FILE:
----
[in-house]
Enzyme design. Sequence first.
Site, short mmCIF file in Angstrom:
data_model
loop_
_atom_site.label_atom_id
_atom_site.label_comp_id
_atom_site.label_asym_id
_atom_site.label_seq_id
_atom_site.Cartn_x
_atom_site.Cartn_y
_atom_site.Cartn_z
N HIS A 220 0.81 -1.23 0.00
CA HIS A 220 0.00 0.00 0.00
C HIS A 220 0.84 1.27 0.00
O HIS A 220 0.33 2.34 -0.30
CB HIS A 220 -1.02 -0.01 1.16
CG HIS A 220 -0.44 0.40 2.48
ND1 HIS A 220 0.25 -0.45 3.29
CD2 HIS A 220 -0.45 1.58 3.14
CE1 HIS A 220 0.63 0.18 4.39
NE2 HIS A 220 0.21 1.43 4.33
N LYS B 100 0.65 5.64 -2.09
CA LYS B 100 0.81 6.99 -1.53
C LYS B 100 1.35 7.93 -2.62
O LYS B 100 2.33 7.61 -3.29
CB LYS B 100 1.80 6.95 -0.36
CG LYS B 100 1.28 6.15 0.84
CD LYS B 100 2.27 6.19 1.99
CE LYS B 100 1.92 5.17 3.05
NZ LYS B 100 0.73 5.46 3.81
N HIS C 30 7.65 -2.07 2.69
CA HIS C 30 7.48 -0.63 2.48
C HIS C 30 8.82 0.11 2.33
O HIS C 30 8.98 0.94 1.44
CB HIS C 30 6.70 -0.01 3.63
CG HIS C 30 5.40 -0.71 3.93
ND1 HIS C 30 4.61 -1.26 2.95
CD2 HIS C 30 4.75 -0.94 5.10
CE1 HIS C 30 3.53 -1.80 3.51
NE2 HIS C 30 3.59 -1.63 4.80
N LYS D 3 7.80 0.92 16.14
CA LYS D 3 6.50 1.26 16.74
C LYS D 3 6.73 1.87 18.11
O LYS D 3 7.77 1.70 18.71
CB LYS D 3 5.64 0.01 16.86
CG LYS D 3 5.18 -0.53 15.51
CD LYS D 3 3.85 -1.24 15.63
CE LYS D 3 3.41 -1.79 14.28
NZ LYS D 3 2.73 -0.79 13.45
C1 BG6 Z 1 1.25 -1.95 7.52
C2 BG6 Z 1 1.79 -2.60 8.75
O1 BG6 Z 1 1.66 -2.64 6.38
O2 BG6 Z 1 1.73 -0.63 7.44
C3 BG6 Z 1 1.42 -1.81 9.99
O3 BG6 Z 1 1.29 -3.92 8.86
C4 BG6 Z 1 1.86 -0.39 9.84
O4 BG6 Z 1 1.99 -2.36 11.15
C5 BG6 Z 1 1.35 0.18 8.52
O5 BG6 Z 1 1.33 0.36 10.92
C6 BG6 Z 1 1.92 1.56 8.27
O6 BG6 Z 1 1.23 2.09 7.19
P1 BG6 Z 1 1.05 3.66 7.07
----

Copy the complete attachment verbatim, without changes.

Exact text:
[in-house]
Enzyme design. Sequence first.
Site, short mmCIF file in Angstrom:
data_model
loop_
_atom_site.label_atom_id
_atom_site.label_comp_id
_atom_site.label_asym_id
_atom_site.label_seq_id
_atom_site.Cartn_x
_atom_site.Cartn_y
_atom_site.Cartn_z
N HIS A 220 0.81 -1.23 0.00
CA HIS A 220 0.00 0.00 0.00
C HIS A 220 0.84 1.27 0.00
O HIS A 220 0.33 2.34 -0.30
CB HIS A 220 -1.02 -0.01 1.16
CG HIS A 220 -0.44 0.40 2.48
ND1 HIS A 220 0.25 -0.45 3.29
CD2 HIS A 220 -0.45 1.58 3.14
CE1 HIS A 220 0.63 0.18 4.39
NE2 HIS A 220 0.21 1.43 4.33
N LYS B 100 0.65 5.64 -2.09
CA LYS B 100 0.81 6.99 -1.53
C LYS B 100 1.35 7.93 -2.62
O LYS B 100 2.33 7.61 -3.29
CB LYS B 100 1.80 6.95 -0.36
CG LYS B 100 1.28 6.15 0.84
CD LYS B 100 2.27 6.19 1.99
CE LYS B 100 1.92 5.17 3.05
NZ LYS B 100 0.73 5.46 3.81
N HIS C 30 7.65 -2.07 2.69
CA HIS C 30 7.48 -0.63 2.48
C HIS C 30 8.82 0.11 2.33
O HIS C 30 8.98 0.94 1.44
CB HIS C 30 6.70 -0.01 3.63
CG HIS C 30 5.40 -0.71 3.93
ND1 HIS C 30 4.61 -1.26 2.95
CD2 HIS C 30 4.75 -0.94 5.10
CE1 HIS C 30 3.53 -1.80 3.51
NE2 HIS C 30 3.59 -1.63 4.80
N LYS D 3 7.80 0.92 16.14
CA LYS D 3 6.50 1.26 16.74
C LYS D 3 6.73 1.87 18.11
O LYS D 3 7.77 1.70 18.71
CB LYS D 3 5.64 0.01 16.86
CG LYS D 3 5.18 -0.53 15.51
CD LYS D 3 3.85 -1.24 15.63
CE LYS D 3 3.41 -1.79 14.28
NZ LYS D 3 2.73 -0.79 13.45
C1 BG6 Z 1 1.25 -1.95 7.52
C2 BG6 Z 1 1.79 -2.60 8.75
O1 BG6 Z 1 1.66 -2.64 6.38
O2 BG6 Z 1 1.73 -0.63 7.44
C3 BG6 Z 1 1.42 -1.81 9.99
O3 BG6 Z 1 1.29 -3.92 8.86
C4 BG6 Z 1 1.86 -0.39 9.84
O4 BG6 Z 1 1.99 -2.36 11.15
C5 BG6 Z 1 1.35 0.18 8.52
O5 BG6 Z 1 1.33 0.36 10.92
C6 BG6 Z 1 1.92 1.56 8.27
O6 BG6 Z 1 1.23 2.09 7.19
P1 BG6 Z 1 1.05 3.66 7.07